You have to hand it to the Russian government. For all its corruption and mind-melting bureaucratic labyrinths, it knows how to act swiftly and decisively when trouble hits. Usually, this means firing people or kabashing things, quickly and without too much time wasted on finding what the actual cause of the trouble was. Purge first, the thinking — if there is any thinking — goes; ask questions later.
To wit: on December 5, the Lame Horse — a nightclub in the Ural Mountain city of Perm — went up in flames when the pyrotechnics got a little screwy and the emergency exits were a little blocked. As a result, over the course of the last two weeks, 148 people have slowly slipped out of this life as nearly 100 more cling to it precariously. The country was in shock and the government had to act. “They had neither brains nor a conscience,” Medvedev said, and into action his government sprung. But did it re-examine fire codes? Look for corrupt inspectors paid to look the other way on its violations? Try to figure out why, exactly, there are an unreal number of deadly blazes lighting up Russia day in, day out?
Kind of. Mostly the Kremlin did what it has always done exceptionally well: arrest people. Within days, at least half a dozen people found themselves under arrest. The owner, the co-owner, executive director, and a handful of others. Oh, and while we’re at it, let’s fire the guy in charge of the entire city.
Meanwhile, Moscow’s night clubs — many of them fun little death traps themselves — are under attack. Every day brings news of another one shuttered for fire code violations. (The toll is currently at eight.)
And there’s another sweep going on. On Friday, Medvedev fired 20 officials from Russia’s state penal agency, probably because his government has taken a tremendous amount of international heat for the mysterious death of a young lawyer in the state’s custody just two weeks before the Lame Horse fire.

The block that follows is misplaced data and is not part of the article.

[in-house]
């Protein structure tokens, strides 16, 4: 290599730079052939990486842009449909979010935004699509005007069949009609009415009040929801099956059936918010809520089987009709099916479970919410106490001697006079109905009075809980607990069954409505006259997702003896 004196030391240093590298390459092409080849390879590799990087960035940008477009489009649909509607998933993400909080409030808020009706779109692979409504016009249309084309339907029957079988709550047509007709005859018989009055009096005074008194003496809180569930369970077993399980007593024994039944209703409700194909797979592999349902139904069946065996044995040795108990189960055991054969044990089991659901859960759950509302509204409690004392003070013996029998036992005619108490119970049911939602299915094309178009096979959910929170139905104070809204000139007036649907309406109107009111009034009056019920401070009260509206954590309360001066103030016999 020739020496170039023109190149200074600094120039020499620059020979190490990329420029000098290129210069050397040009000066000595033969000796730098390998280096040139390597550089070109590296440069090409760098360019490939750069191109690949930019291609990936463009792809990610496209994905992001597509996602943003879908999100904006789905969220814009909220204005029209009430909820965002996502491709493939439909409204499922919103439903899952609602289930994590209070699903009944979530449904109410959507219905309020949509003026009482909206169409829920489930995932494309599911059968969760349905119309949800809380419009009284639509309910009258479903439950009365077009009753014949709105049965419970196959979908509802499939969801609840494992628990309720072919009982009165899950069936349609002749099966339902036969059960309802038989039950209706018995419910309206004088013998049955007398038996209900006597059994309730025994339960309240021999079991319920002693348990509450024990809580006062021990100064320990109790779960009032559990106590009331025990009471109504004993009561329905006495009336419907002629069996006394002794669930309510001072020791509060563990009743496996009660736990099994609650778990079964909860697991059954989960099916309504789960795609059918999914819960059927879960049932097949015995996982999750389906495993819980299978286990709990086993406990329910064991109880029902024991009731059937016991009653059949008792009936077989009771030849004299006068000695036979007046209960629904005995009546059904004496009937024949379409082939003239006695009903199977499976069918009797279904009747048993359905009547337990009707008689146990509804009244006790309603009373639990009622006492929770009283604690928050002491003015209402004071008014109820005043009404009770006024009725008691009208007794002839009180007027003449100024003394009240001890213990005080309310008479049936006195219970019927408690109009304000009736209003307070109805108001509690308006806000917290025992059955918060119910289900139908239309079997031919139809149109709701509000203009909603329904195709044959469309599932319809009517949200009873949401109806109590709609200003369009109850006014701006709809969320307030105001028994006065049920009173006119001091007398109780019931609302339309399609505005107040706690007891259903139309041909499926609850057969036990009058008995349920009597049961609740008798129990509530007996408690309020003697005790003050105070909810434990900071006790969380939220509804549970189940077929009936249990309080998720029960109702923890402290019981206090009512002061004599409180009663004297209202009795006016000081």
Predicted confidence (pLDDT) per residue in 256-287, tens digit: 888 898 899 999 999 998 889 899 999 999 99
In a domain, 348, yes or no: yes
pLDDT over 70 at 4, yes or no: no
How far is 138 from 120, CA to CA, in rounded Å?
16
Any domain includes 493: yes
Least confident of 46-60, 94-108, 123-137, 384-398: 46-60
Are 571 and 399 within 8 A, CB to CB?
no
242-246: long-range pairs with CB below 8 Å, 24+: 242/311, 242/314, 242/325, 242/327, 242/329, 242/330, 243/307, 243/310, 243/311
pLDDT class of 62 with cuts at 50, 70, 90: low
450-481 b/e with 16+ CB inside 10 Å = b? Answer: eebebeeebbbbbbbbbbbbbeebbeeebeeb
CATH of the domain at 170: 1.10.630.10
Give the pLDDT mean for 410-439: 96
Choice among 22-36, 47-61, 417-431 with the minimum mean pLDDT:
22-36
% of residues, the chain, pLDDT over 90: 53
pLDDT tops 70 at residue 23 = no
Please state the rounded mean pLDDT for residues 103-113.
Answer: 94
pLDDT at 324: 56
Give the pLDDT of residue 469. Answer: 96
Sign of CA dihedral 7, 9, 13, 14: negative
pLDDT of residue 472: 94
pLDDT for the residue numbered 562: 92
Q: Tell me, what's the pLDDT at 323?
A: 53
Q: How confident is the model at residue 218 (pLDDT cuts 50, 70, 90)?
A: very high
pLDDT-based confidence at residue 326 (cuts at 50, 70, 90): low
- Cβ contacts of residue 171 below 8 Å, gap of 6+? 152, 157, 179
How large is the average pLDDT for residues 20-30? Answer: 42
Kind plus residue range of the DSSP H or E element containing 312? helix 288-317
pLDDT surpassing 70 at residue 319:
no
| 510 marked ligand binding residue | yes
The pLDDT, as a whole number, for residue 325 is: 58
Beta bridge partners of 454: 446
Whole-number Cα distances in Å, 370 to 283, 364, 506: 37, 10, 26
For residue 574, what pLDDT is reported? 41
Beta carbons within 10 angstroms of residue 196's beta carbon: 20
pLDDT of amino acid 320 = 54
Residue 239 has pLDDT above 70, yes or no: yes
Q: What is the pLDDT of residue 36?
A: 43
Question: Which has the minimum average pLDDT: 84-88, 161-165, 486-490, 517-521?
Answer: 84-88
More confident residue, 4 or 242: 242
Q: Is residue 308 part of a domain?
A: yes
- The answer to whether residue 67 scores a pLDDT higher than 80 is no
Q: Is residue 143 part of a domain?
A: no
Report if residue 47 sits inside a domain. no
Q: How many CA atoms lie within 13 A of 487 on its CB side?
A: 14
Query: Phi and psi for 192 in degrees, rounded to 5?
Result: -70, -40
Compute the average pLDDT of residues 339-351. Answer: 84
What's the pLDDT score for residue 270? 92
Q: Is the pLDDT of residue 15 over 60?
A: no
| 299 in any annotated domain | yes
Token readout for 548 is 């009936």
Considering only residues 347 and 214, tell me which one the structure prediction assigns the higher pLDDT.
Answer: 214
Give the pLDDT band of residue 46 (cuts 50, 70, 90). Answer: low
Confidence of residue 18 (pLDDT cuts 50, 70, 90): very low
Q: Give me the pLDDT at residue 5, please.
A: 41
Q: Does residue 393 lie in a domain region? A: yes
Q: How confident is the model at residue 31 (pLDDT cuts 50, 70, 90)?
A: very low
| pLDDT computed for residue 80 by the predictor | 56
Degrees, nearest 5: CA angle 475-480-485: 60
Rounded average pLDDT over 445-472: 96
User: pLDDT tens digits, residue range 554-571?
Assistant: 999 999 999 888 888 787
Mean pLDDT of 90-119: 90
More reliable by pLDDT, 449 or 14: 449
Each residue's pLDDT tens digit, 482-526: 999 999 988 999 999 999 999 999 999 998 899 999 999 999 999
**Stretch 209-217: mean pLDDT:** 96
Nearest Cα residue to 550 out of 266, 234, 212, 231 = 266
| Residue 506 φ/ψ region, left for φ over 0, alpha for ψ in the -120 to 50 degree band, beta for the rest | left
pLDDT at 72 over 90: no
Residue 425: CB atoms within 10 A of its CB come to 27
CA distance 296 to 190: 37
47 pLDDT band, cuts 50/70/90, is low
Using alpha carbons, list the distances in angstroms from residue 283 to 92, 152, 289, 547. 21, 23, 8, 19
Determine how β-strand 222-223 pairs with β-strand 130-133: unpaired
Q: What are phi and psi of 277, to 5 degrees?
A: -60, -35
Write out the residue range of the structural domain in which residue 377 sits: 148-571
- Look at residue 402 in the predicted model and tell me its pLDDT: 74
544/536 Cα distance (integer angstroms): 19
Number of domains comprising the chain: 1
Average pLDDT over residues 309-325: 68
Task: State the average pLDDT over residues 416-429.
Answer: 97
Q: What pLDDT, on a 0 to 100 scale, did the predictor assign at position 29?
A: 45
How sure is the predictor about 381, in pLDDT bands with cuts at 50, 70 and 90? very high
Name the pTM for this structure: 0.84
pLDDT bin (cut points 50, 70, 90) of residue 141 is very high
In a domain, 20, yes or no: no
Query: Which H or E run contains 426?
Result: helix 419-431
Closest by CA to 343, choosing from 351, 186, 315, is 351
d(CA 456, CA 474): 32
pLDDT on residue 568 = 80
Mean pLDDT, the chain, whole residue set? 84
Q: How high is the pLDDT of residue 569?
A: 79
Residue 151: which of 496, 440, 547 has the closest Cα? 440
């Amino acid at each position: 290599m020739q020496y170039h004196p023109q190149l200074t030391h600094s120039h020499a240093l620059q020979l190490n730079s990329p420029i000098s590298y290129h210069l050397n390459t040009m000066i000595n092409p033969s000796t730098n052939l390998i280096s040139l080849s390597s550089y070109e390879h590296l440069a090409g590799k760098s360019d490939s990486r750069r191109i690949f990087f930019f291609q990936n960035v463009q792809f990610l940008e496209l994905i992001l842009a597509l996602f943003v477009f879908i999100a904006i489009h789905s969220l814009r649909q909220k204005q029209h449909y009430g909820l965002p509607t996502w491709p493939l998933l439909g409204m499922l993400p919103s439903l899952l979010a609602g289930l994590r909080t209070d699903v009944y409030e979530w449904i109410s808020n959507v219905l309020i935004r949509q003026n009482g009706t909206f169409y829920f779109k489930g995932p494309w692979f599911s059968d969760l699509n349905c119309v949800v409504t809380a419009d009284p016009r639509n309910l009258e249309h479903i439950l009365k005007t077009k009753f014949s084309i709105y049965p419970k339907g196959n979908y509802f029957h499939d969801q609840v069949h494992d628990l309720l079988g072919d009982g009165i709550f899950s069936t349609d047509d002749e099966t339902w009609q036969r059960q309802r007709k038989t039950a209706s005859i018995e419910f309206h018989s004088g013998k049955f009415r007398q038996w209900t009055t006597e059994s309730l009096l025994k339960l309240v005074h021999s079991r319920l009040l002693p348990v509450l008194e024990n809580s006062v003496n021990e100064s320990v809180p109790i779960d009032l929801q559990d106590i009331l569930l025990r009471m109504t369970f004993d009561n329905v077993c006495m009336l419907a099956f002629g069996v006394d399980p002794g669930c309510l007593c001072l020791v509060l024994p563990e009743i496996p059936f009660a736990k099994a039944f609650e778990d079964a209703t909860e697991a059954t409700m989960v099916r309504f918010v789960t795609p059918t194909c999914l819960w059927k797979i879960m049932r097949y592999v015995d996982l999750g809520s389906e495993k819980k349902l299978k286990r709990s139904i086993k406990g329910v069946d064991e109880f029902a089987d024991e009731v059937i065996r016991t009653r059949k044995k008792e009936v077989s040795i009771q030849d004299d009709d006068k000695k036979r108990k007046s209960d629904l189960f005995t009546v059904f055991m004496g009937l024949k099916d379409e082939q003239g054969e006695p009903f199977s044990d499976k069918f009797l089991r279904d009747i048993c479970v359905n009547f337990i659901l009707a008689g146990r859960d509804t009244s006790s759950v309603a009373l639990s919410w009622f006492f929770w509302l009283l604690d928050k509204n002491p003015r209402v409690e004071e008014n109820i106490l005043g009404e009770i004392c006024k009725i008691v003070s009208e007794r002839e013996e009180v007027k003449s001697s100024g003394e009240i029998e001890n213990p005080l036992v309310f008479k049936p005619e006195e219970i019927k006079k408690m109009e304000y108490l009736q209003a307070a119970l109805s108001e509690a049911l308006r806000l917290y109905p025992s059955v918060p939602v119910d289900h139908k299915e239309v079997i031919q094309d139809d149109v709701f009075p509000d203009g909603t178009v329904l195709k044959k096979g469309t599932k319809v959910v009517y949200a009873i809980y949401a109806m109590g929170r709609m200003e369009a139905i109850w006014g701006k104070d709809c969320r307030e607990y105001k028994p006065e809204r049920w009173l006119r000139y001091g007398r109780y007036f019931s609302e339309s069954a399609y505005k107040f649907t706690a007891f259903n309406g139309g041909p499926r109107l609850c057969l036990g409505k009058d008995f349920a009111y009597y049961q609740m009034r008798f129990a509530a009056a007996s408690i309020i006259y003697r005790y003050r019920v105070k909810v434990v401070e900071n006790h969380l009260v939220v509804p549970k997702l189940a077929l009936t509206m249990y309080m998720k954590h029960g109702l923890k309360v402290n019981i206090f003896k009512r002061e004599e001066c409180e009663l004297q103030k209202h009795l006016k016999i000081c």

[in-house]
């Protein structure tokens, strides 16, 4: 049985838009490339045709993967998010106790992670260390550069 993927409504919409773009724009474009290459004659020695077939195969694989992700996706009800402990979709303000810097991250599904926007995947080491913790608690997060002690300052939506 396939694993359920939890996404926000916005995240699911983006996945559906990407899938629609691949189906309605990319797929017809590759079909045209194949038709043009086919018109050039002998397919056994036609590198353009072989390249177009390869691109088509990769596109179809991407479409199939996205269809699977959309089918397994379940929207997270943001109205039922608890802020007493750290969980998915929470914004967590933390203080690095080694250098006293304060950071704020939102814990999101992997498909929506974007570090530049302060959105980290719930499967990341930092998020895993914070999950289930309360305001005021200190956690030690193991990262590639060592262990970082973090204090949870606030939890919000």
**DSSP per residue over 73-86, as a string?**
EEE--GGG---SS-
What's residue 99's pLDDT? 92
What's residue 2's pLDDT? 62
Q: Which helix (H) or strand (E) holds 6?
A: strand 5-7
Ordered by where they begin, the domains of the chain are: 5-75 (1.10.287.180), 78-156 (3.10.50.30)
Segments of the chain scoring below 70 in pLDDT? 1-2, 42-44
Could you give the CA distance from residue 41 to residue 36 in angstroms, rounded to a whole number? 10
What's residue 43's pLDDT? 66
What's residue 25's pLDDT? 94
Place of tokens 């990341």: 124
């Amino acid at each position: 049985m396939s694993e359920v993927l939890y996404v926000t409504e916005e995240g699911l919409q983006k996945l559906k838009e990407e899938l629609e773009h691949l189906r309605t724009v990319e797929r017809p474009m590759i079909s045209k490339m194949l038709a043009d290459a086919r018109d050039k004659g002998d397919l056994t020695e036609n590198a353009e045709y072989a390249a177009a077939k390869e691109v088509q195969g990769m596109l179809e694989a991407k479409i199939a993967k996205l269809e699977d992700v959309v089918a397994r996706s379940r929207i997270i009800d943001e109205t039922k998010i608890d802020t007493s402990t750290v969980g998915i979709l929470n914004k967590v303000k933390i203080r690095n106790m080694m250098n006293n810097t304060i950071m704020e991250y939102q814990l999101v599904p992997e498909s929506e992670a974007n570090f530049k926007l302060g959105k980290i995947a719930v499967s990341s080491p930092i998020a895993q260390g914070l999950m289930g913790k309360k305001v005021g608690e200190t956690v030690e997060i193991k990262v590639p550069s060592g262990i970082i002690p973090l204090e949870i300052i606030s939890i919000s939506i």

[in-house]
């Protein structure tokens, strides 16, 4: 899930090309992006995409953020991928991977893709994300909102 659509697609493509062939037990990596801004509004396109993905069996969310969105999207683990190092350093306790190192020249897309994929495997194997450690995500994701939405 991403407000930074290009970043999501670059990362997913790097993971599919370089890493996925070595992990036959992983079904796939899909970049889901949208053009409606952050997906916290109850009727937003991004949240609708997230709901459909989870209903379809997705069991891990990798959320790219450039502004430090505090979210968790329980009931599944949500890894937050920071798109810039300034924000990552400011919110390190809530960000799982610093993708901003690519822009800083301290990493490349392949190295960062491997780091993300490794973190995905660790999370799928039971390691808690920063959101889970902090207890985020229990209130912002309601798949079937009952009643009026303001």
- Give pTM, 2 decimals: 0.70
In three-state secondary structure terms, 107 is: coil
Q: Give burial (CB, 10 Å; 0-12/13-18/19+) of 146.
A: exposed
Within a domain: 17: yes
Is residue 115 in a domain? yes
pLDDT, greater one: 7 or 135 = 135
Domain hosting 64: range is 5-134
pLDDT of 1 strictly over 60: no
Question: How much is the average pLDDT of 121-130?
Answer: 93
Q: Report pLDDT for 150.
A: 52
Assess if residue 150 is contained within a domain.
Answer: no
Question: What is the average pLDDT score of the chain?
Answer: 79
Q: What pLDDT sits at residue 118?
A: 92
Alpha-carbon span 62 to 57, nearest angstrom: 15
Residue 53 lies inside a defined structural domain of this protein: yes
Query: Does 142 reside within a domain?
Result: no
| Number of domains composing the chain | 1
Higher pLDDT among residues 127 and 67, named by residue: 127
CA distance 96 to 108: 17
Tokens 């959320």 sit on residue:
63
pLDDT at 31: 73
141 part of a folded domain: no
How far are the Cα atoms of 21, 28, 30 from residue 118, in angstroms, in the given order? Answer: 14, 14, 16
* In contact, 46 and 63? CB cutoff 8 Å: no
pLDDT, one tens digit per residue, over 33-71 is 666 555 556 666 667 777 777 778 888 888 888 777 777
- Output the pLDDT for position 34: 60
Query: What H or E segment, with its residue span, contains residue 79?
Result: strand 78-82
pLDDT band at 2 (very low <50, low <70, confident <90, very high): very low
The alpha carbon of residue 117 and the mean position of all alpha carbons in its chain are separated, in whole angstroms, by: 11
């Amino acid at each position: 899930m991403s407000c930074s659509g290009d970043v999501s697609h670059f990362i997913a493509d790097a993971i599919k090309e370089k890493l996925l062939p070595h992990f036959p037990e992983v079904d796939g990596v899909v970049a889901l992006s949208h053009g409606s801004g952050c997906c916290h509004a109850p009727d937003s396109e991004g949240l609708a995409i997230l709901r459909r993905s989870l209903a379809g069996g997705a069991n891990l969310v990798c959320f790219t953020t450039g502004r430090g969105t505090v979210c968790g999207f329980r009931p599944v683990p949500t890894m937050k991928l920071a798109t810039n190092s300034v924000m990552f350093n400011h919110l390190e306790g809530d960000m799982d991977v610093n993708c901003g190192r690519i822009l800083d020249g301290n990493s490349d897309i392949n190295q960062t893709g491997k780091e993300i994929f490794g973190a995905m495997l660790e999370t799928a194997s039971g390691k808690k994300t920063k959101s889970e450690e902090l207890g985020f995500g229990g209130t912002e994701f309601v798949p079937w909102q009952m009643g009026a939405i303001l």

Thirty-seven year-old Sergey Magnitsky had been representing Hermitage Capital, once Russia’s largest foreign investor, which was raided and gutted by mysterious forces in Russian law enforcement in 2007-2008. Magnitsky was imprisoned for 11 months as he waited to testify — let’s not even go there — and, after complaining for months of stomach problems, died on November 16 of “cardiac insufficiency.” (His family’s request for an independent autopsy was denied.) Outrage ensued and, just after an internal probe found Magnitsky’s rights had been violated, so did the arrests. (The Kremlin, oddly, can’t seem to get its own story straight. One prison service official comes out and says the dismissals were retribution for Magnitsky; another one comes out and says they weren’t.)
At first blush, it all looks so very good: the Kremlin acting boldly to address the safety of its subjects. It even looks like a strike in favor of centralized, authoritarian government: there are no sluggish congressional committees holding up the matter for years and years as all those dangerous conditions go unchanged.
But sometimes those slow, deliberative investigations can be useful. They can point out the real causes of a disaster like the Lame Horse or Magnitsky’s death, and propose targeted, practical solutions. Firing and arresting people or, in Magnitsky’s case, indicting them in criminal cases where the maximum sentence is three years, doesn’t improve Russia’s notoriously horrifying prison system. Nor does closing night clubs and arresting their owners address the underlying issues that got us here to begin with. It sure looks good and feels reassuring, but hundreds of people in state custody continue to die or kill themselves, tens of thousands of Russians continue to die in fires (over 15,000 this year alone) and those nightclubs can reopen in 90 days without addressing a single one of their fire-code violations.
It is, quite simply, a useless, punitive purge.